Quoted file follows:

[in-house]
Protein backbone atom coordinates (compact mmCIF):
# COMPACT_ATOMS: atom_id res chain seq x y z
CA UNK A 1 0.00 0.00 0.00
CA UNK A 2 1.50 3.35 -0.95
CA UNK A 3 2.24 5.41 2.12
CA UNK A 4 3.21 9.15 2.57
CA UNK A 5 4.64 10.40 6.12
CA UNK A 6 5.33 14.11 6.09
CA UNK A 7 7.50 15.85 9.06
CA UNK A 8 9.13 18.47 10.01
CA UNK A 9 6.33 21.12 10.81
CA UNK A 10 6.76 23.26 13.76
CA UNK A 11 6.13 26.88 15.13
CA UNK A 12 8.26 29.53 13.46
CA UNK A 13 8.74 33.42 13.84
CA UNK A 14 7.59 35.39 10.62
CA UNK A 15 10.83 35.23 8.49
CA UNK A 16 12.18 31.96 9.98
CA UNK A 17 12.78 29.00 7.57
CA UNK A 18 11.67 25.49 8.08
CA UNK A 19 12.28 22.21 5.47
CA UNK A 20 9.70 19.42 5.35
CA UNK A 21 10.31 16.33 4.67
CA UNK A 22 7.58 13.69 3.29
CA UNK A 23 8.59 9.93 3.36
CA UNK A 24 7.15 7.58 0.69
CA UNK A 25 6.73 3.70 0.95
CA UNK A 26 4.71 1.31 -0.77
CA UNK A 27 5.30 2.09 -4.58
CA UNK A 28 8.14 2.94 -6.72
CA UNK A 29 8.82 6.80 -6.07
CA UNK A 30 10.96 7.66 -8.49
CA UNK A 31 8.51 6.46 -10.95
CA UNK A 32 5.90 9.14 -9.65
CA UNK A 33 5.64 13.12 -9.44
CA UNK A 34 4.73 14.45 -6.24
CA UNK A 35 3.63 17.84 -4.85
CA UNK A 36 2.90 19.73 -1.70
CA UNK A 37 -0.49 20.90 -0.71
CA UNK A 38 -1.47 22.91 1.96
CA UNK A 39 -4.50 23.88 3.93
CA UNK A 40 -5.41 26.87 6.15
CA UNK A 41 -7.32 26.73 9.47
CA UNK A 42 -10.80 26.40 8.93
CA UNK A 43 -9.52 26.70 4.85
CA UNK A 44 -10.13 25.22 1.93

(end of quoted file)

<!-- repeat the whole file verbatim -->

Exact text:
[in-house]
Protein backbone atom coordinates (compact mmCIF):
# COMPACT_ATOMS: atom_id res chain seq x y z
CA UNK A 1 0.00 0.00 0.00
CA UNK A 2 1.50 3.35 -0.95
CA UNK A 3 2.24 5.41 2.12
CA UNK A 4 3.21 9.15 2.57
CA UNK A 5 4.64 10.40 6.12
CA UNK A 6 5.33 14.11 6.09
CA UNK A 7 7.50 15.85 9.06
CA UNK A 8 9.13 18.47 10.01
CA UNK A 9 6.33 21.12 10.81
CA UNK A 10 6.76 23.26 13.76
CA UNK A 11 6.13 26.88 15.13
CA UNK A 12 8.26 29.53 13.46
CA UNK A 13 8.74 33.42 13.84
CA UNK A 14 7.59 35.39 10.62
CA UNK A 15 10.83 35.23 8.49
CA UNK A 16 12.18 31.96 9.98
CA UNK A 17 12.78 29.00 7.57
CA UNK A 18 11.67 25.49 8.08
CA UNK A 19 12.28 22.21 5.47
CA UNK A 20 9.70 19.42 5.35
CA UNK A 21 10.31 16.33 4.67
CA UNK A 22 7.58 13.69 3.29
CA UNK A 23 8.59 9.93 3.36
CA UNK A 24 7.15 7.58 0.69
CA UNK A 25 6.73 3.70 0.95
CA UNK A 26 4.71 1.31 -0.77
CA UNK A 27 5.30 2.09 -4.58
CA UNK A 28 8.14 2.94 -6.72
CA UNK A 29 8.82 6.80 -6.07
CA UNK A 30 10.96 7.66 -8.49
CA UNK A 31 8.51 6.46 -10.95
CA UNK A 32 5.90 9.14 -9.65
CA UNK A 33 5.64 13.12 -9.44
CA UNK A 34 4.73 14.45 -6.24
CA UNK A 35 3.63 17.84 -4.85
CA UNK A 36 2.90 19.73 -1.70
CA UNK A 37 -0.49 20.90 -0.71
CA UNK A 38 -1.47 22.91 1.96
CA UNK A 39 -4.50 23.88 3.93
CA UNK A 40 -5.41 26.87 6.15
CA UNK A 41 -7.32 26.73 9.47
CA UNK A 42 -10.80 26.40 8.93
CA UNK A 43 -9.52 26.70 4.85
CA UNK A 44 -10.13 25.22 1.93